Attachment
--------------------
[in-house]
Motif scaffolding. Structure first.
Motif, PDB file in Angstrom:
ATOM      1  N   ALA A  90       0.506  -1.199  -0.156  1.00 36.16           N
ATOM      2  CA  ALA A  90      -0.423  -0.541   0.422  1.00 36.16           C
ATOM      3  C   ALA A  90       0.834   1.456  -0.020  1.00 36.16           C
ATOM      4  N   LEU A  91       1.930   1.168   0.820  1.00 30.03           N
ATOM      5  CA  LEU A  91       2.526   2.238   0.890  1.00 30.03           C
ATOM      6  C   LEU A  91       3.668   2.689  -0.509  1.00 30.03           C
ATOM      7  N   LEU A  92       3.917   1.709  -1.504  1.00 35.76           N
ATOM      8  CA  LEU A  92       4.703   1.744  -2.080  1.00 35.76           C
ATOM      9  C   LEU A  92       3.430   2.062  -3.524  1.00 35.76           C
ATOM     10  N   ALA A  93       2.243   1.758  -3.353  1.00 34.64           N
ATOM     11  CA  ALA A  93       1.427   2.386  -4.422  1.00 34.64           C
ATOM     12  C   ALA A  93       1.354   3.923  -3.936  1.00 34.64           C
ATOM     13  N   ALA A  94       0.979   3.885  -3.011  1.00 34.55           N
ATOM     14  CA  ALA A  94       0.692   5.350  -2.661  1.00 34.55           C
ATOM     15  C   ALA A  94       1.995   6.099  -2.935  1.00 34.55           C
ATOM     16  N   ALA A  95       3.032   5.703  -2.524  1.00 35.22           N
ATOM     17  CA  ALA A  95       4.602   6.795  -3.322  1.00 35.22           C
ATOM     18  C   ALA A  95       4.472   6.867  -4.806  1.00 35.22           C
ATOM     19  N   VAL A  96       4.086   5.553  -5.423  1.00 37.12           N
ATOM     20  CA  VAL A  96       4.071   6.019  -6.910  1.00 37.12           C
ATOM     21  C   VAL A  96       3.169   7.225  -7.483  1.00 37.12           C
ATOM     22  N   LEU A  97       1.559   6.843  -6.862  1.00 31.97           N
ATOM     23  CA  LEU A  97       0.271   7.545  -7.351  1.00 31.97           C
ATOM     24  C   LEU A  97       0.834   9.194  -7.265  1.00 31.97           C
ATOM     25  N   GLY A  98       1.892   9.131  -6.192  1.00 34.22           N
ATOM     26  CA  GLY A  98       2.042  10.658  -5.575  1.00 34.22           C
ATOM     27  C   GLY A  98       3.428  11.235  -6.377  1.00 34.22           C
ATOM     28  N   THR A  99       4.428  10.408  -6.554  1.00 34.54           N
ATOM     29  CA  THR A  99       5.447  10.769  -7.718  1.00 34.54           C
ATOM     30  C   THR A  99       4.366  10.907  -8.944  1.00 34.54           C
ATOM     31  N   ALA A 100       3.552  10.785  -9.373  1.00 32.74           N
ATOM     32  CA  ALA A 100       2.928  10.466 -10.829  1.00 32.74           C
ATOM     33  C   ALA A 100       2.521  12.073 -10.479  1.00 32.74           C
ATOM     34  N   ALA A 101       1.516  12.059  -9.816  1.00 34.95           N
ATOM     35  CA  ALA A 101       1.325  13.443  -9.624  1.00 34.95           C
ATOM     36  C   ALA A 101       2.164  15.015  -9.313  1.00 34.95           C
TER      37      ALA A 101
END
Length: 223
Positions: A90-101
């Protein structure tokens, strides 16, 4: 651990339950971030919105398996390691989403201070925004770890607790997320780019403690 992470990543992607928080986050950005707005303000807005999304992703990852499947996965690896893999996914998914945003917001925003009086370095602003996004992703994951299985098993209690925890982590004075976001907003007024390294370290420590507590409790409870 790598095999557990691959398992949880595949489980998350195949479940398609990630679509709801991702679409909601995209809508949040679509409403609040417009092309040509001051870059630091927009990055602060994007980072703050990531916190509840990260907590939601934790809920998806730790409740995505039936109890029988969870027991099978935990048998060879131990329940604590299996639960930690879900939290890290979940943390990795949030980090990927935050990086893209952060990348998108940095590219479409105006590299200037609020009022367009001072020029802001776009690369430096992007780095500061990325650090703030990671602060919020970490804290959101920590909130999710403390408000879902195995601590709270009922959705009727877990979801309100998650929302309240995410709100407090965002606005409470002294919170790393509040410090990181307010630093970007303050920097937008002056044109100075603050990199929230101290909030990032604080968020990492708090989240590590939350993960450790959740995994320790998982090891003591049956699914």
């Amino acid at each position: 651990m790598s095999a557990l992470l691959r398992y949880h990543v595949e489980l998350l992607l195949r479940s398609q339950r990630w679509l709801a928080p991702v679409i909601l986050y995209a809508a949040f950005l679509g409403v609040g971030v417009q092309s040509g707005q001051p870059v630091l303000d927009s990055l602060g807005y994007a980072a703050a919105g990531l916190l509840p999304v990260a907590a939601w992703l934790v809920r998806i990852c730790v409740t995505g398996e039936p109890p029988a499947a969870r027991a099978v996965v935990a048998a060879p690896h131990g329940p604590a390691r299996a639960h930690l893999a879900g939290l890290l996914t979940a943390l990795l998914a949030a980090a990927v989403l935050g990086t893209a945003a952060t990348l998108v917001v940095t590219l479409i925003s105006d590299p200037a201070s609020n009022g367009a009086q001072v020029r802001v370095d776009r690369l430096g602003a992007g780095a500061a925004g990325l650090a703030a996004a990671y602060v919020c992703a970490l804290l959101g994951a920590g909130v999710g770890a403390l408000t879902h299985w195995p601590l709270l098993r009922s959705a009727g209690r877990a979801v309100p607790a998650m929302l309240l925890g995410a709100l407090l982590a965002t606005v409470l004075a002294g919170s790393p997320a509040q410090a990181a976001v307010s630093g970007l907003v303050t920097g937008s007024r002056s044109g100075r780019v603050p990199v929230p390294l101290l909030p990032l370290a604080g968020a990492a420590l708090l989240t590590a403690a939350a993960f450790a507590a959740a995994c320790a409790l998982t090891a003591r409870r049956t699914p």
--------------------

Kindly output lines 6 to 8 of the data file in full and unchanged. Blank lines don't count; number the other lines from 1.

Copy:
ATOM      3  C   ALA A  90       0.834   1.456  -0.020  1.00 36.16           C
ATOM      4  N   LEU A  91       1.930   1.168   0.820  1.00 30.03           N
ATOM      5  CA  LEU A  91       2.526   2.238   0.890  1.00 30.03           C